What are the neural computations that subserve complex spatial behaviors? Michael Yartsev’s lab (the “NeuroBat” lab) seeks to address this question utilizing one of the most exquisite navigators on the planet and the only mammal capable of self-propelled flight – the bat.
The lab specifically aims to study the neural mechanisms that support ethologically relevant forms of navigation by (i) establishing novel behavioral approaches that allow bats to engage in free, unconstrained behavior, (ii) focusing on relevant neural circuits and (iii) developing cutting-edge neurophysiological methodologies for the bat model system. At the behavioral level, the lab has developed a fully automated flight room where either a single bat or multiple bats can engage in natural and unconstrained forms of navigation. Utilizing an array of high-speed video cameras, real-time tracking systems and ultrasonic microphones we can carefully monitor the position, motion and sensory signals of the navigating bats at fine spatial and temporal resolutions. At the neural level, the lab utilizes technologies for wireless neural recordings in single and multi-animal settings using both electrophysiological and calcium imaging methods in freely flying bats. The lab has also recently established tools for causal manipulation, such as optogenetics, in bats which allow addressing the necessity and sufficiency of neural circuits during complex spatial behaviors. Combining these approaches, the lab aims to study how mammalian neural circuits participate and contribute to complex spatial behaviors at both the individual and group level.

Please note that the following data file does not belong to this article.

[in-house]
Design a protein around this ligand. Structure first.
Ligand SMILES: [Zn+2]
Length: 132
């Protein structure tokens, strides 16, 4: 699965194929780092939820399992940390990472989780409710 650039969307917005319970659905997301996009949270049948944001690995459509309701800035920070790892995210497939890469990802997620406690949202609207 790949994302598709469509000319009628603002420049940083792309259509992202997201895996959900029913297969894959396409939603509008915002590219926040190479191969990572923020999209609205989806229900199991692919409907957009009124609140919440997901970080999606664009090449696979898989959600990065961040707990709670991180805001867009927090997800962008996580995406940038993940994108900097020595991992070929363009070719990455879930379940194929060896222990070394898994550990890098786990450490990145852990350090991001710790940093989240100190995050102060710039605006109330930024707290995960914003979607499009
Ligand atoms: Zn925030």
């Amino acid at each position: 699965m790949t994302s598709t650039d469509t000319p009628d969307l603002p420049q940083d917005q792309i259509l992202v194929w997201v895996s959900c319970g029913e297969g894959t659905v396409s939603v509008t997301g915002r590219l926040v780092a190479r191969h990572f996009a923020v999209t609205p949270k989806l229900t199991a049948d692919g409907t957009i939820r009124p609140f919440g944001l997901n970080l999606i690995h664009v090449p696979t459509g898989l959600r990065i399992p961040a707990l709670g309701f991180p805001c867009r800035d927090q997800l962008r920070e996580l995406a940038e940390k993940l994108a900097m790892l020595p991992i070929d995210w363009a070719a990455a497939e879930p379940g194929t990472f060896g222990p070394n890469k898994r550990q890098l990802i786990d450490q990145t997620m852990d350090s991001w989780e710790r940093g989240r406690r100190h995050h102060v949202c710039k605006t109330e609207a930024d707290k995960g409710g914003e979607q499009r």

Michael Yartsev completed his BSc and MSc in Biomedical engineering at the Ben-Gurion University in 2007, and received his PhD in Neuroscience from the Weizmann institute. Prior to joining UC Berkeley in 2015 he did his postdoctoral training as a CV Starr fellow in neuroscience at Princeton University at the lab of Carlos Brody. Michael was named a PEW, Searle, McKnight, Packard, Sloan, Klingenstein & NYSCF scholar and was a recipient of the NIH Director’s new innovator award, the Rising Star award from UPenn and the Jannet Rosenberg Trubatch Award from the Society of Neuroscience.